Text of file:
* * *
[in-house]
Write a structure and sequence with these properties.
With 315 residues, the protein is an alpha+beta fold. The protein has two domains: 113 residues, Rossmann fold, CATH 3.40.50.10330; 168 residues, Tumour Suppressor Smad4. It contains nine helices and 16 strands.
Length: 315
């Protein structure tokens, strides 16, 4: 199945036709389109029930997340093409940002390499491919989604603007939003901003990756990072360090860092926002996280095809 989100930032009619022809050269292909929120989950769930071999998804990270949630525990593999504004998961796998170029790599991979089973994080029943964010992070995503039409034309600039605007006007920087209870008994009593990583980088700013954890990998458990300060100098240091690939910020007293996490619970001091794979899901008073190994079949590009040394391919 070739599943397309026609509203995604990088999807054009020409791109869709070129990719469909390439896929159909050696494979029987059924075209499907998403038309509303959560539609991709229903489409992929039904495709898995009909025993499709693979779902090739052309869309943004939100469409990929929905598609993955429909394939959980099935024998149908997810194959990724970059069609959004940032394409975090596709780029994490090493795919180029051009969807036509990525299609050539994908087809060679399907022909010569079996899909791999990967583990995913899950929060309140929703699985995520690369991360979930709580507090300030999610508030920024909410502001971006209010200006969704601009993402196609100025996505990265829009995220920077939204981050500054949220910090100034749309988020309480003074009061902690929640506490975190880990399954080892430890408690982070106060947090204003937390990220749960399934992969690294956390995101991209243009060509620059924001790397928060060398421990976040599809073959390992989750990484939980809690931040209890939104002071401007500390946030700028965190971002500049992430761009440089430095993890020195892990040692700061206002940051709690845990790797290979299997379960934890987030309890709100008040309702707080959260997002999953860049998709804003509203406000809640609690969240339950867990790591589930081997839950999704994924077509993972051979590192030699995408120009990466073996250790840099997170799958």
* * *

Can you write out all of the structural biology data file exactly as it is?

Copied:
[in-house]
Write a structure and sequence with these properties.
With 315 residues, the protein is an alpha+beta fold. The protein has two domains: 113 residues, Rossmann fold, CATH 3.40.50.10330; 168 residues, Tumour Suppressor Smad4. It contains nine helices and 16 strands.
Length: 315
């Protein structure tokens, strides 16, 4: 199945036709389109029930997340093409940002390499491919989604603007939003901003990756990072360090860092926002996280095809 989100930032009619022809050269292909929120989950769930071999998804990270949630525990593999504004998961796998170029790599991979089973994080029943964010992070995503039409034309600039605007006007920087209870008994009593990583980088700013954890990998458990300060100098240091690939910020007293996490619970001091794979899901008073190994079949590009040394391919 070739599943397309026609509203995604990088999807054009020409791109869709070129990719469909390439896929159909050696494979029987059924075209499907998403038309509303959560539609991709229903489409992929039904495709898995009909025993499709693979779902090739052309869309943004939100469409990929929905598609993955429909394939959980099935024998149908997810194959990724970059069609959004940032394409975090596709780029994490090493795919180029051009969807036509990525299609050539994908087809060679399907022909010569079996899909791999990967583990995913899950929060309140929703699985995520690369991360979930709580507090300030999610508030920024909410502001971006209010200006969704601009993402196609100025996505990265829009995220920077939204981050500054949220910090100034749309988020309480003074009061902690929640506490975190880990399954080892430890408690982070106060947090204003937390990220749960399934992969690294956390995101991209243009060509620059924001790397928060060398421990976040599809073959390992989750990484939980809690931040209890939104002071401007500390946030700028965190971002500049992430761009440089430095993890020195892990040692700061206002940051709690845990790797290979299997379960934890987030309890709100008040309702707080959260997002999953860049998709804003509203406000809640609690969240339950867990790591589930081997839950999704994924077509993972051979590192030699995408120009990466073996250790840099997170799958």